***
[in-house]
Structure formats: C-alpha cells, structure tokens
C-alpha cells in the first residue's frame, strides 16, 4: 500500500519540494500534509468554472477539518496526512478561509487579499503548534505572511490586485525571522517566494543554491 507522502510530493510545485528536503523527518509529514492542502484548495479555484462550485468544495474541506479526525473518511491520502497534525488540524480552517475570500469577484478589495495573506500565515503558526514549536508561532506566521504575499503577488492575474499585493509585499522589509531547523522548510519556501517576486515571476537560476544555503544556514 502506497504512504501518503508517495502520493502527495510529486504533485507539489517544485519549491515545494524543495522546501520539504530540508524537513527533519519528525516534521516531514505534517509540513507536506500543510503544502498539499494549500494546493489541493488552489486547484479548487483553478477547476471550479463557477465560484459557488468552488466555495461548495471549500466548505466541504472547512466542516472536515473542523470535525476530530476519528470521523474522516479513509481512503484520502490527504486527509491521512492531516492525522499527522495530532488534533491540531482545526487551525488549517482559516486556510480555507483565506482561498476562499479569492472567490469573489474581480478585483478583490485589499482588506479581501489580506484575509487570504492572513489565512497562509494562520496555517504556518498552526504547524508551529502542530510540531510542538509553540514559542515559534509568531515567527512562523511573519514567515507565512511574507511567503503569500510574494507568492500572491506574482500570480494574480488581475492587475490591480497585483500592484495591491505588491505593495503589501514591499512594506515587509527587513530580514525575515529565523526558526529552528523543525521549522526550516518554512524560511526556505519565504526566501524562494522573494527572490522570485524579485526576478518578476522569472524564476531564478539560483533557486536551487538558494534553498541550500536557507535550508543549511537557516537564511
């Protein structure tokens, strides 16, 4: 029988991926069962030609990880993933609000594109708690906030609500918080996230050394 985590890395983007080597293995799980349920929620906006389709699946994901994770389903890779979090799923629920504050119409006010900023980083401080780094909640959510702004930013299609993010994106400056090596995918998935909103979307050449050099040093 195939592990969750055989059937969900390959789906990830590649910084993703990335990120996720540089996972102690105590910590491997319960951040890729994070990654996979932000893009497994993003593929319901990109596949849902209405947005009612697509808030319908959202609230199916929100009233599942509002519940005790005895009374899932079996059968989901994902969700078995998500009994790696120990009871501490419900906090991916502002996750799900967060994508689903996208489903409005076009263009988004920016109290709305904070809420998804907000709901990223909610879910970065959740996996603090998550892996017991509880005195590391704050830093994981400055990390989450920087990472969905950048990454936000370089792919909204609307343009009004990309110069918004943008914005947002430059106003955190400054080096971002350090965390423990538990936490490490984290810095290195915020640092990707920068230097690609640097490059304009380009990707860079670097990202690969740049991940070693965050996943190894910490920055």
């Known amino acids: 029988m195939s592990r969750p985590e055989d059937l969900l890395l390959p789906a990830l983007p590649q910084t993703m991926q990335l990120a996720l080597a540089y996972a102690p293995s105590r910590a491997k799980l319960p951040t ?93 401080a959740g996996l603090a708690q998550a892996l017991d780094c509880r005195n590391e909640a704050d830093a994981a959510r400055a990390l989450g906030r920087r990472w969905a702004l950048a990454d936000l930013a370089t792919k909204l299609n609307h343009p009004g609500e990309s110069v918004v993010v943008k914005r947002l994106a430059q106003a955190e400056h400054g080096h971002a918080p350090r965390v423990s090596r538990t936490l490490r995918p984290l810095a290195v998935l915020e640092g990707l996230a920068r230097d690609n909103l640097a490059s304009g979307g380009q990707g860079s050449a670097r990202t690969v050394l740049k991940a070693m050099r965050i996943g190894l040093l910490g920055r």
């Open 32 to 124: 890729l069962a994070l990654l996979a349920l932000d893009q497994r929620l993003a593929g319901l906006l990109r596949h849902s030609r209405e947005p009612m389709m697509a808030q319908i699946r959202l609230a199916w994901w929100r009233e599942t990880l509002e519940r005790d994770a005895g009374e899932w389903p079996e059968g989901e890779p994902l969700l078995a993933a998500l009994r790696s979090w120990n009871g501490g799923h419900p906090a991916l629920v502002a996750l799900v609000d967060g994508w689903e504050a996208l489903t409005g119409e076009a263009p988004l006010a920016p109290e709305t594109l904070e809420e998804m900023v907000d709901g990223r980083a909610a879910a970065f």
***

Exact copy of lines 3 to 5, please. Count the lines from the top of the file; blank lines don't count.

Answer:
C-alpha cells in the first residue's frame, strides 16, 4: 500500500519540494500534509468554472477539518496526512478561509487579499503548534505572511490586485525571522517566494543554491 507522502510530493510545485528536503523527518509529514492542502484548495479555484462550485468544495474541506479526525473518511491520502497534525488540524480552517475570500469577484478589495495573506500565515503558526514549536508561532506566521504575499503577488492575474499585493509585499522589509531547523522548510519556501517576486515571476537560476544555503544556514 502506497504512504501518503508517495502520493502527495510529486504533485507539489517544485519549491515545494524543495522546501520539504530540508524537513527533519519528525516534521516531514505534517509540513507536506500543510503544502498539499494549500494546493489541493488552489486547484479548487483553478477547476471550479463557477465560484459557488468552488466555495461548495471549500466548505466541504472547512466542516472536515473542523470535525476530530476519528470521523474522516479513509481512503484520502490527504486527509491521512492531516492525522499527522495530532488534533491540531482545526487551525488549517482559516486556510480555507483565506482561498476562499479569492472567490469573489474581480478585483478583490485589499482588506479581501489580506484575509487570504492572513489565512497562509494562520496555517504556518498552526504547524508551529502542530510540531510542538509553540514559542515559534509568531515567527512562523511573519514567515507565512511574507511567503503569500510574494507568492500572491506574482500570480494574480488581475492587475490591480497585483500592484495591491505588491505593495503589501514591499512594506515587509527587513530580514525575515529565523526558526529552528523543525521549522526550516518554512524560511526556505519565504526566501524562494522573494527572490522570485524579485526576478518578476522569472524564476531564478539560483533557486536551487538558494534553498541550500536557507535550508543549511537557516537564511
């Protein structure tokens, strides 16, 4: 029988991926069962030609990880993933609000594109708690906030609500918080996230050394 985590890395983007080597293995799980349920929620906006389709699946994901994770389903890779979090799923629920504050119409006010900023980083401080780094909640959510702004930013299609993010994106400056090596995918998935909103979307050449050099040093 195939592990969750055989059937969900390959789906990830590649910084993703990335990120996720540089996972102690105590910590491997319960951040890729994070990654996979932000893009497994993003593929319901990109596949849902209405947005009612697509808030319908959202609230199916929100009233599942509002519940005790005895009374899932079996059968989901994902969700078995998500009994790696120990009871501490419900906090991916502002996750799900967060994508689903996208489903409005076009263009988004920016109290709305904070809420998804907000709901990223909610879910970065959740996996603090998550892996017991509880005195590391704050830093994981400055990390989450920087990472969905950048990454936000370089792919909204609307343009009004990309110069918004943008914005947002430059106003955190400054080096971002350090965390423990538990936490490490984290810095290195915020640092990707920068230097690609640097490059304009380009990707860079670097990202690969740049991940070693965050996943190894910490920055």
């Known amino acids: 029988m195939s592990r969750p985590e055989d059937l969900l890395l390959p789906a990830l983007p590649q910084t993703m991926q990335l990120a996720l080597a540089y996972a102690p293995s105590r910590a491997k799980l319960p951040t ?93 401080a959740g996996l603090a708690q998550a892996l017991d780094c509880r005195n590391e909640a704050d830093a994981a959510r400055a990390l989450g906030r920087r990472w969905a702004l950048a990454d936000l930013a370089t792919k909204l299609n609307h343009p009004g609500e990309s110069v918004v993010v943008k914005r947002l994106a430059q106003a955190e400056h400054g080096h971002a918080p350090r965390v423990s090596r538990t936490l490490r995918p984290l810095a290195v998935l915020e640092g990707l996230a920068r230097d690609n909103l640097a490059s304009g979307g380009q990707g860079s050449a670097r990202t690969v050394l740049k991940a070693m050099r965050i996943g190894l040093l910490g920055r």